Cultivating Science, Harvesting Power, says its publisher, \"explores the ways that science helped build the Salinas Valley and California\'s broader farm industry.\" In doing so, Henke provides an account of \"how agricultural scientists and growers have collaborated--and struggled--in shaping this industry.\" In a spirit similar to the prior book in this author-blogger series (Keith Warner\'s Agroecology in Action), Henke\'s work offers academic research that is engaged with public and social problems by drawing from interdisciplinary science studies and from ecologically informed social science research. The book deals with expertise, knowledge, ecology of the soil, ecology of power, state-based mechanisms, the influence of progressive-era politics, field trials, pest management, post-War farm labor crises, migrant laborers, John Steinbeck and more. And it has that big beaker on the front. This is the fifteenth in our series of \"Author Meets Bloggers\" posts, where we talk to authors about their new work. (See them all here.) What follows is part one of a four-part conversation about the book. Please be encouraged to offer any questions and comments about the book, the research, and the topic.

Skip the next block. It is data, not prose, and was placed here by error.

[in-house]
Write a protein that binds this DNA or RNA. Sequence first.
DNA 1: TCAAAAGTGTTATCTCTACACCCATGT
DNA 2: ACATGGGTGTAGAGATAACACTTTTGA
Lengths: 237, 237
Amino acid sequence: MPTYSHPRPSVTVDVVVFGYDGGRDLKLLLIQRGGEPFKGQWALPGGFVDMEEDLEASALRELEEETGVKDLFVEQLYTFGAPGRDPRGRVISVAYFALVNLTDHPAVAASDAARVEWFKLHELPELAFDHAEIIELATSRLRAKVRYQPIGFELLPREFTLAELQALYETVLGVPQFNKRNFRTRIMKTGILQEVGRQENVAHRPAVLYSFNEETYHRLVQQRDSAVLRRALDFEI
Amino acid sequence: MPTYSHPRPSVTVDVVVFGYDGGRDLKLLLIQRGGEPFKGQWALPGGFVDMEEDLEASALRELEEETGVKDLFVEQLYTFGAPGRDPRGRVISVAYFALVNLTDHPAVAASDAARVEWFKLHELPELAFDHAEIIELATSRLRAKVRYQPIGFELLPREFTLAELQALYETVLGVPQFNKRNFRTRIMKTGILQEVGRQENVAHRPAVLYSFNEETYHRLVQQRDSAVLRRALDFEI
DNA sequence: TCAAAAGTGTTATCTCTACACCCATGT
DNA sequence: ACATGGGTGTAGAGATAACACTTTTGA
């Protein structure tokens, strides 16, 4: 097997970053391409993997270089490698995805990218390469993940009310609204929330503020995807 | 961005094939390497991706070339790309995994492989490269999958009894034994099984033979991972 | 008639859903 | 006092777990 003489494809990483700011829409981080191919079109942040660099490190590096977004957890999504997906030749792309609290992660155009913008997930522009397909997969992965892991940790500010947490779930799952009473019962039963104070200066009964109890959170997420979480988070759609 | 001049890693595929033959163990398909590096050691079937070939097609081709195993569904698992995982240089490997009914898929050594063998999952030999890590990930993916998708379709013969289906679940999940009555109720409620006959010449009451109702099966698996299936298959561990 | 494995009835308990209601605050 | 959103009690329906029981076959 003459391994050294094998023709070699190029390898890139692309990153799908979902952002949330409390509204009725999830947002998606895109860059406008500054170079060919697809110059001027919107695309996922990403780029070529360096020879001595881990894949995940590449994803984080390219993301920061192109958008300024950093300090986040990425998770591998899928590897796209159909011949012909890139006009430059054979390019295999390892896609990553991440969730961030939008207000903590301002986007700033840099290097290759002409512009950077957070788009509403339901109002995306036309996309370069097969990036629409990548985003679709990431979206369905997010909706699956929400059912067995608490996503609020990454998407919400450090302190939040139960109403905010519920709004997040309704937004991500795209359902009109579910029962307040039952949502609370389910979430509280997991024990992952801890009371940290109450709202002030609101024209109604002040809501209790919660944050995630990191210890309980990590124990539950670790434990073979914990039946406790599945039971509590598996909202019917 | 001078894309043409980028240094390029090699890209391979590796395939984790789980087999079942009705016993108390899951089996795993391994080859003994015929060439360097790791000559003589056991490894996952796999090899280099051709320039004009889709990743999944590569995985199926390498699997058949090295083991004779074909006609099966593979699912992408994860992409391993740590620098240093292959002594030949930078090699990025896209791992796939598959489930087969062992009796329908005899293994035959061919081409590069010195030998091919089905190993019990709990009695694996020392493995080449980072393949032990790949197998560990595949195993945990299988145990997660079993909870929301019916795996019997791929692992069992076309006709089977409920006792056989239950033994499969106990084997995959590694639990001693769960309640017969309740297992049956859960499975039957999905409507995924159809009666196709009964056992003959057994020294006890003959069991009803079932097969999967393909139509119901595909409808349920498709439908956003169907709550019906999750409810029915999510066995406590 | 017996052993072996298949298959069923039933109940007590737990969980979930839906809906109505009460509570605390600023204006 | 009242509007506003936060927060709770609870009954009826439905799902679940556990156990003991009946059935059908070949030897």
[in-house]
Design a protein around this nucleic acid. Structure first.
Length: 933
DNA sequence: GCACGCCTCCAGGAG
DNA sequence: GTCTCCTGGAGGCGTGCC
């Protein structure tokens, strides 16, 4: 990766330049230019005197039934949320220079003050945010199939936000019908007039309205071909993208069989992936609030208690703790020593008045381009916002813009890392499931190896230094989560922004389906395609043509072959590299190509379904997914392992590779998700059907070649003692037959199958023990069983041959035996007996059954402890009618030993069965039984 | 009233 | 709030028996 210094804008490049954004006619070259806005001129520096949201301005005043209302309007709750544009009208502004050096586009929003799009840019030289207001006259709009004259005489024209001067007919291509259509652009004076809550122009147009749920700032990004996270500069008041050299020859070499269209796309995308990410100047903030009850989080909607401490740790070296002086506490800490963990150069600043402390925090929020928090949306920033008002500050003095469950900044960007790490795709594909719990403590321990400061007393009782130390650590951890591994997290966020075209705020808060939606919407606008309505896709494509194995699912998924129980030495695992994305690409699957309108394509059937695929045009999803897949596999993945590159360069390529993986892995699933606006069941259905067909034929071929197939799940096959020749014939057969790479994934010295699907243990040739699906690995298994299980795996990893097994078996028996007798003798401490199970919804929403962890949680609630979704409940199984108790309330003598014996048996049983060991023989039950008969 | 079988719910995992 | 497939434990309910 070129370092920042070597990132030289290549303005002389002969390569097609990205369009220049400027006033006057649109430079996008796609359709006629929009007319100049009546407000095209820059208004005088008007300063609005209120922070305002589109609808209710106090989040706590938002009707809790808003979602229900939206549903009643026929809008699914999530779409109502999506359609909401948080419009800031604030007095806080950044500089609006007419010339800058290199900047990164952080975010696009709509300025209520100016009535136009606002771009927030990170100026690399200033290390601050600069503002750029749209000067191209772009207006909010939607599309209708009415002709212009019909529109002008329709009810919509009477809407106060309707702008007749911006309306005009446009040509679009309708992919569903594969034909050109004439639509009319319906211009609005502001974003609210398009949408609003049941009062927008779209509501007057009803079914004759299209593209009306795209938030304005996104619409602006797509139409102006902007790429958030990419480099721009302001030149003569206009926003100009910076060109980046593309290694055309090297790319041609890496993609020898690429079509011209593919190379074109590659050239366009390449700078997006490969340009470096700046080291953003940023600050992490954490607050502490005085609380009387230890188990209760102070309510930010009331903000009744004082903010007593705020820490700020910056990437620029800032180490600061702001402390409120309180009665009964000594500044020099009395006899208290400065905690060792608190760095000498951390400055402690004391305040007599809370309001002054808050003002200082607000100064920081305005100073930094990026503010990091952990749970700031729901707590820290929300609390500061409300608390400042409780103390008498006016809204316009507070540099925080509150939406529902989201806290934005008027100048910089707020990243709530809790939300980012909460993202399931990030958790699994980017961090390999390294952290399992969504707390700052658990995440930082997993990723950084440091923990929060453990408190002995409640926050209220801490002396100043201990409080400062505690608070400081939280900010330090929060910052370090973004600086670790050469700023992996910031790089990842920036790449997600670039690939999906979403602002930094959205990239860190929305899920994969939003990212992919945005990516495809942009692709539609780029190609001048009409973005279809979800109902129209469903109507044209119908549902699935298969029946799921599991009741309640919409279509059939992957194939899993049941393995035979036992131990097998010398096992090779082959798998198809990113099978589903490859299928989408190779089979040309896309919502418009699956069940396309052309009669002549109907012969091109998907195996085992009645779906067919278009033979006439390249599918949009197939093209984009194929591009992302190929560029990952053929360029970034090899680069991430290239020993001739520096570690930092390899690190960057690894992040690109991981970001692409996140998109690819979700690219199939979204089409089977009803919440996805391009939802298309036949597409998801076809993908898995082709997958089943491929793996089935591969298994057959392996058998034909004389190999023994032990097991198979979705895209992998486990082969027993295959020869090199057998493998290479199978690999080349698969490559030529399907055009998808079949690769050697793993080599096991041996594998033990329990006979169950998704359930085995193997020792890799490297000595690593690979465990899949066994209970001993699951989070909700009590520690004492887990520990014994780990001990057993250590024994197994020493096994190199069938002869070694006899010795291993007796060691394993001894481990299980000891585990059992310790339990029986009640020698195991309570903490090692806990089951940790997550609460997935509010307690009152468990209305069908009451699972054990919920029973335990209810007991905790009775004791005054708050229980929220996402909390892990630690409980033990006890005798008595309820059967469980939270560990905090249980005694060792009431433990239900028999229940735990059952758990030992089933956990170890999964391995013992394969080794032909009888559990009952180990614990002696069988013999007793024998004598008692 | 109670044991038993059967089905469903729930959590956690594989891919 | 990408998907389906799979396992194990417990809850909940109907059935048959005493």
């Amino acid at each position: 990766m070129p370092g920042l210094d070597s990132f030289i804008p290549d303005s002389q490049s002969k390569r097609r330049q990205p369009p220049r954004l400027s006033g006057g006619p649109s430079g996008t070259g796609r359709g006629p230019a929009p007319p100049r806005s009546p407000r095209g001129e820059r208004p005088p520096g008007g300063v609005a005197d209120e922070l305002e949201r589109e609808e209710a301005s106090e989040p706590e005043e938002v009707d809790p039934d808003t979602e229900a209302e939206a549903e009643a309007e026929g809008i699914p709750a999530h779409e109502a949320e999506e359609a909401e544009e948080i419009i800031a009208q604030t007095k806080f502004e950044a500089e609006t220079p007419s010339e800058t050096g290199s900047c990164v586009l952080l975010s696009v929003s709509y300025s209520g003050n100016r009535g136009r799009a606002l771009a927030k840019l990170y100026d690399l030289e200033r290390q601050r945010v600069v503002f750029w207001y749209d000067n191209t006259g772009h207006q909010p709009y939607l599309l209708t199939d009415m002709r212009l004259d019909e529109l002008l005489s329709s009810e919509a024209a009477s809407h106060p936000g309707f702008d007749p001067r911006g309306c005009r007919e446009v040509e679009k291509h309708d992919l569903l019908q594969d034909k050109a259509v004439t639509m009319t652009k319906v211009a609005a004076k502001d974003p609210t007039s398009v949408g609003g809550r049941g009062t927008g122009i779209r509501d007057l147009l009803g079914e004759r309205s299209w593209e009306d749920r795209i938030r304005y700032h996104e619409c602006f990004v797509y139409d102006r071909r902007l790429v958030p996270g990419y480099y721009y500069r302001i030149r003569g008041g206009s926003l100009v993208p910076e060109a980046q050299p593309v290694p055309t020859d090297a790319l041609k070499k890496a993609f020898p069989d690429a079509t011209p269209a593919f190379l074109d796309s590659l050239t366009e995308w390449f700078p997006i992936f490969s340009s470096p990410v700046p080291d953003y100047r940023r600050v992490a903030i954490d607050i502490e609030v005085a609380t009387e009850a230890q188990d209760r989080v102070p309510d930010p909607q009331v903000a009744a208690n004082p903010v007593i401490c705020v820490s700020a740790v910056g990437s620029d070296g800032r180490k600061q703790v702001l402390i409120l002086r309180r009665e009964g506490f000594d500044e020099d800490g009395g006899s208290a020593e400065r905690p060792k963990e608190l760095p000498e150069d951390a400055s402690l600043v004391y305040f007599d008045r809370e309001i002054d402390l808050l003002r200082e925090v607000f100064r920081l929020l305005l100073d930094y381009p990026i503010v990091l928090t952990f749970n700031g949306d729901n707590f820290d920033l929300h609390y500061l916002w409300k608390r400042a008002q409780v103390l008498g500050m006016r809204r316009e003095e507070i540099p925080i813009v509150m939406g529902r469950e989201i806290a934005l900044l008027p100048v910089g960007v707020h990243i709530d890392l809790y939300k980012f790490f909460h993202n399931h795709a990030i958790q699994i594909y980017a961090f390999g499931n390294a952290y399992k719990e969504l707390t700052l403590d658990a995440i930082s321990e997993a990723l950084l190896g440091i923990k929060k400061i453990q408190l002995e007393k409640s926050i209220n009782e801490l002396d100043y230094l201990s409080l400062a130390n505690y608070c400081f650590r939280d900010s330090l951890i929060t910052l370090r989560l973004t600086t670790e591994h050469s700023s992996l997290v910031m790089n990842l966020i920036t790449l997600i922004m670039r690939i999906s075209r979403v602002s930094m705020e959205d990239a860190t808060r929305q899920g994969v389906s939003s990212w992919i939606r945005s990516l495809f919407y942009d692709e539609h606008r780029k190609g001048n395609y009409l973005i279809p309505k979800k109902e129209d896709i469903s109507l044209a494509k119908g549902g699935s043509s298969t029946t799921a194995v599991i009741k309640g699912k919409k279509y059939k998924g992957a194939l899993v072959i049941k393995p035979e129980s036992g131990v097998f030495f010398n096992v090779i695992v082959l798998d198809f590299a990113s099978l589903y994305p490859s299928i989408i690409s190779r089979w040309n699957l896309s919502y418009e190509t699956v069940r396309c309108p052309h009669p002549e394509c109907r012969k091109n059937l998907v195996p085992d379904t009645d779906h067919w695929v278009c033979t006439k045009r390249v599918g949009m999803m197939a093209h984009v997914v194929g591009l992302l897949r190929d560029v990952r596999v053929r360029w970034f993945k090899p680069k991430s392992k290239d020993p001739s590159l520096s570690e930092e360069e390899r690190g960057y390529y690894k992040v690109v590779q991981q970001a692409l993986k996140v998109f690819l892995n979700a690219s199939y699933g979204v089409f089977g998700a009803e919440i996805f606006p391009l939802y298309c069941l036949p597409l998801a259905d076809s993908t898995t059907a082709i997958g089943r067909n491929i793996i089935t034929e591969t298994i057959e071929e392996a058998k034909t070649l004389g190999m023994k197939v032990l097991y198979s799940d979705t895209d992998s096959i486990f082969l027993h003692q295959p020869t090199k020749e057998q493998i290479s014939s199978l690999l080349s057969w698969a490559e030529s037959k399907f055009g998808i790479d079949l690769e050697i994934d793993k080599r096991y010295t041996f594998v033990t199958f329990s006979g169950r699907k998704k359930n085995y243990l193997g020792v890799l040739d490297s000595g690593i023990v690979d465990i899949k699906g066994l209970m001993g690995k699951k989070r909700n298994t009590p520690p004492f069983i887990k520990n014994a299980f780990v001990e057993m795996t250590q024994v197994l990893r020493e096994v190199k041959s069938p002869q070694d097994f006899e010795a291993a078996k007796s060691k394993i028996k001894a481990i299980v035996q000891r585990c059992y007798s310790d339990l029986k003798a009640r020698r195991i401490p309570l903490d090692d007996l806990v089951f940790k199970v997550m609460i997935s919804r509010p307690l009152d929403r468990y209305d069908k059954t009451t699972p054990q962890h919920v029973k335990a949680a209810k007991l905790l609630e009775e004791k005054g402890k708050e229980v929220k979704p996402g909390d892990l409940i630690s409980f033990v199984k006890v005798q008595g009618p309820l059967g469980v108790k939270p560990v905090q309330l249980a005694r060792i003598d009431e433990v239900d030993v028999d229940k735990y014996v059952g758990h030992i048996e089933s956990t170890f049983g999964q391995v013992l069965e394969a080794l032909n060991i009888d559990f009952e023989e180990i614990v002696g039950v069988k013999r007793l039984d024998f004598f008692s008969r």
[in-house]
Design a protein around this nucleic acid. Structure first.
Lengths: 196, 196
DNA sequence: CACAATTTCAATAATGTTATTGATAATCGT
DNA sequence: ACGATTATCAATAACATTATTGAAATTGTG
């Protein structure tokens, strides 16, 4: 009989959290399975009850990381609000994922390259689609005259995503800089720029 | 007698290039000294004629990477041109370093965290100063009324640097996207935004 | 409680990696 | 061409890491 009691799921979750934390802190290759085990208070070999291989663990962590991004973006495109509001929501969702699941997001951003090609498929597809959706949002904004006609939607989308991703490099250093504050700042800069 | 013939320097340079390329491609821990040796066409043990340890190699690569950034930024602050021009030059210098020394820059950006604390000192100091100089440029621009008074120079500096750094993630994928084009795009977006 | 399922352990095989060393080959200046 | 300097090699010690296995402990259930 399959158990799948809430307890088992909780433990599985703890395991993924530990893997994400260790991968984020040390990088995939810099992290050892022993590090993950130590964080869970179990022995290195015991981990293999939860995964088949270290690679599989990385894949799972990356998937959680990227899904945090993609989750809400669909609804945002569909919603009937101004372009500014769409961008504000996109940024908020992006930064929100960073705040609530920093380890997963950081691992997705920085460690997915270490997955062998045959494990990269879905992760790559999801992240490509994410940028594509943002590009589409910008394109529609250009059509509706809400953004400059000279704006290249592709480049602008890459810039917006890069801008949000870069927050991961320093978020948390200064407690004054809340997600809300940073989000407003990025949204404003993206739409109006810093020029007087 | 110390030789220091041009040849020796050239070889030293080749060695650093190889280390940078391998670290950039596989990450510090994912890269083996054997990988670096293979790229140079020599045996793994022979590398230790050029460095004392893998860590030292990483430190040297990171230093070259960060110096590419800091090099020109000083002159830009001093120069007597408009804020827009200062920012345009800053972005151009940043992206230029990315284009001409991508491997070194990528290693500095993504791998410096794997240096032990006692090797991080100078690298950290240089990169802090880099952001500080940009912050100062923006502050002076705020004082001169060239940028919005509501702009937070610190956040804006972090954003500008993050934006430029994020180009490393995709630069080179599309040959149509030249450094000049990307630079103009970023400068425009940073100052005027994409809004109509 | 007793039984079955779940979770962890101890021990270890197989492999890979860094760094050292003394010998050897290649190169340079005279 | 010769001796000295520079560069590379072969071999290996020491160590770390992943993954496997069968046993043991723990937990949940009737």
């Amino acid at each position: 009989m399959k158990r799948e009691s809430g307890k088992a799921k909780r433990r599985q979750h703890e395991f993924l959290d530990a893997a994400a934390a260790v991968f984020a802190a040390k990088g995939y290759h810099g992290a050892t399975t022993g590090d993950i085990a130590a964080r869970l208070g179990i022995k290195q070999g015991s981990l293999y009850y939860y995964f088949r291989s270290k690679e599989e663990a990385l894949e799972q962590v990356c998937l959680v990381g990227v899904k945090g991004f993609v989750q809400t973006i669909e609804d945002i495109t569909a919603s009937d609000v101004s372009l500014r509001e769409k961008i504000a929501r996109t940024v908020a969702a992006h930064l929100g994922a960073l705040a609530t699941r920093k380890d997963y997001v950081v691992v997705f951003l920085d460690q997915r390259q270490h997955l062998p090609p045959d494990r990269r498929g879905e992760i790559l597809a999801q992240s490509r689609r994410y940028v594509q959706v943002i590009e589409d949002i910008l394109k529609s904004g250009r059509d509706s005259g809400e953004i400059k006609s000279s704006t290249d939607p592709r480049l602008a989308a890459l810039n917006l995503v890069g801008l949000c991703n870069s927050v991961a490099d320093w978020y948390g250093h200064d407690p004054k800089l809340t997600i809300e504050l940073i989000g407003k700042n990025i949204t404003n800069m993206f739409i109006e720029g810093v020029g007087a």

Cultivating Science, Harvesting Power: Science and Industrial Agriculture in California
by Christopher Henke,, 03 March, 2009
Focusing on such pressing practical and policy questions in health, environment and agriculture, this programme provides students with a solid grounding in development concepts and theories, in combination with an understanding of the politics and governance of scientific knowledge and policy processes. Through exploring a combination of theoretical and practical perspectives, the course asks how science and technology can contribute to poverty reduction, social justice and environmental sustainability in the developing world. The programme, hosted by the Knowledge, Technology and Society (KNOTS) team at IDS, is linked to a new IDS-SPRU (Science and Technology Policy Research) research centre: Social, Technological and Environmental Pathways to Sustainability (STEPS). Throughout the programme, students work closely with individual supervisors who have a wide range of disciplinary and professional backgrounds and extensive experience in the developing world.
MA Science, Society and Development
by , Institute for Dev Studies, 01 January, 1970